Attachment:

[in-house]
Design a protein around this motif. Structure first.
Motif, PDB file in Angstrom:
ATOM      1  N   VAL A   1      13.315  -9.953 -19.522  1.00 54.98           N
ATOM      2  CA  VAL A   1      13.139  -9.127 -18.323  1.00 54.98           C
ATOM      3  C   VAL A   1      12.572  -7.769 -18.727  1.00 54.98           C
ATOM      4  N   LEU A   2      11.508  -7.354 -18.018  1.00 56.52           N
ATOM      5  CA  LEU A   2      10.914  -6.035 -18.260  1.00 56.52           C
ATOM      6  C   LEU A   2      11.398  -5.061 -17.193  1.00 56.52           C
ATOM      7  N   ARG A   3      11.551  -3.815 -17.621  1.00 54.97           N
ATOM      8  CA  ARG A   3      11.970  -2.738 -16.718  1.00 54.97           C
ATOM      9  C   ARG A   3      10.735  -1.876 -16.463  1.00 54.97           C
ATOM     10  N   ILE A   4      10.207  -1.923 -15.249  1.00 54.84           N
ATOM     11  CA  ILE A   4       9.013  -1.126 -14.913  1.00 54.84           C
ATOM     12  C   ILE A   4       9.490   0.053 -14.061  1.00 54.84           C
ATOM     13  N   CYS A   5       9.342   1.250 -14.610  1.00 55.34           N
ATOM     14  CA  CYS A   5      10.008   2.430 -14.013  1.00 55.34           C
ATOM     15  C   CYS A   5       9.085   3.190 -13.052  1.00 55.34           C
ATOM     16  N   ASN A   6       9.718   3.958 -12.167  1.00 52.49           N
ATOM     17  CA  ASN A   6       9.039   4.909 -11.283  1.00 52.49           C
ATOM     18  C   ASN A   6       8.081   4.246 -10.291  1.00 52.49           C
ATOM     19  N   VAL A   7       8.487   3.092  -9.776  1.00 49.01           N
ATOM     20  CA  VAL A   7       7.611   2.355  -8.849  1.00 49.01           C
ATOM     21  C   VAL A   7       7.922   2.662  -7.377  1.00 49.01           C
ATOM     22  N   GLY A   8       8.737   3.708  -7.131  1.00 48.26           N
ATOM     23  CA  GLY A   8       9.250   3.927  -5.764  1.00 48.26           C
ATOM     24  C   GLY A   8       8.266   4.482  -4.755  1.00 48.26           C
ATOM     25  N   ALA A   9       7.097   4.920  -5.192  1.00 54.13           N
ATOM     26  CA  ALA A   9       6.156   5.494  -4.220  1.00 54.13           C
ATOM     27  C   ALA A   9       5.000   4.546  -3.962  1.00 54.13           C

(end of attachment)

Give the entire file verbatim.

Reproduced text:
[in-house]
Design a protein around this motif. Structure first.
Motif, PDB file in Angstrom:
ATOM      1  N   VAL A   1      13.315  -9.953 -19.522  1.00 54.98           N
ATOM      2  CA  VAL A   1      13.139  -9.127 -18.323  1.00 54.98           C
ATOM      3  C   VAL A   1      12.572  -7.769 -18.727  1.00 54.98           C
ATOM      4  N   LEU A   2      11.508  -7.354 -18.018  1.00 56.52           N
ATOM      5  CA  LEU A   2      10.914  -6.035 -18.260  1.00 56.52           C
ATOM      6  C   LEU A   2      11.398  -5.061 -17.193  1.00 56.52           C
ATOM      7  N   ARG A   3      11.551  -3.815 -17.621  1.00 54.97           N
ATOM      8  CA  ARG A   3      11.970  -2.738 -16.718  1.00 54.97           C
ATOM      9  C   ARG A   3      10.735  -1.876 -16.463  1.00 54.97           C
ATOM     10  N   ILE A   4      10.207  -1.923 -15.249  1.00 54.84           N
ATOM     11  CA  ILE A   4       9.013  -1.126 -14.913  1.00 54.84           C
ATOM     12  C   ILE A   4       9.490   0.053 -14.061  1.00 54.84           C
ATOM     13  N   CYS A   5       9.342   1.250 -14.610  1.00 55.34           N
ATOM     14  CA  CYS A   5      10.008   2.430 -14.013  1.00 55.34           C
ATOM     15  C   CYS A   5       9.085   3.190 -13.052  1.00 55.34           C
ATOM     16  N   ASN A   6       9.718   3.958 -12.167  1.00 52.49           N
ATOM     17  CA  ASN A   6       9.039   4.909 -11.283  1.00 52.49           C
ATOM     18  C   ASN A   6       8.081   4.246 -10.291  1.00 52.49           C
ATOM     19  N   VAL A   7       8.487   3.092  -9.776  1.00 49.01           N
ATOM     20  CA  VAL A   7       7.611   2.355  -8.849  1.00 49.01           C
ATOM     21  C   VAL A   7       7.922   2.662  -7.377  1.00 49.01           C
ATOM     22  N   GLY A   8       8.737   3.708  -7.131  1.00 48.26           N
ATOM     23  CA  GLY A   8       9.250   3.927  -5.764  1.00 48.26           C
ATOM     24  C   GLY A   8       8.266   4.482  -4.755  1.00 48.26           C
ATOM     25  N   ALA A   9       7.097   4.920  -5.192  1.00 54.13           N
ATOM     26  CA  ALA A   9       6.156   5.494  -4.220  1.00 54.13           C
ATOM     27  C   ALA A   9       5.000   4.546  -3.962  1.00 54.13           C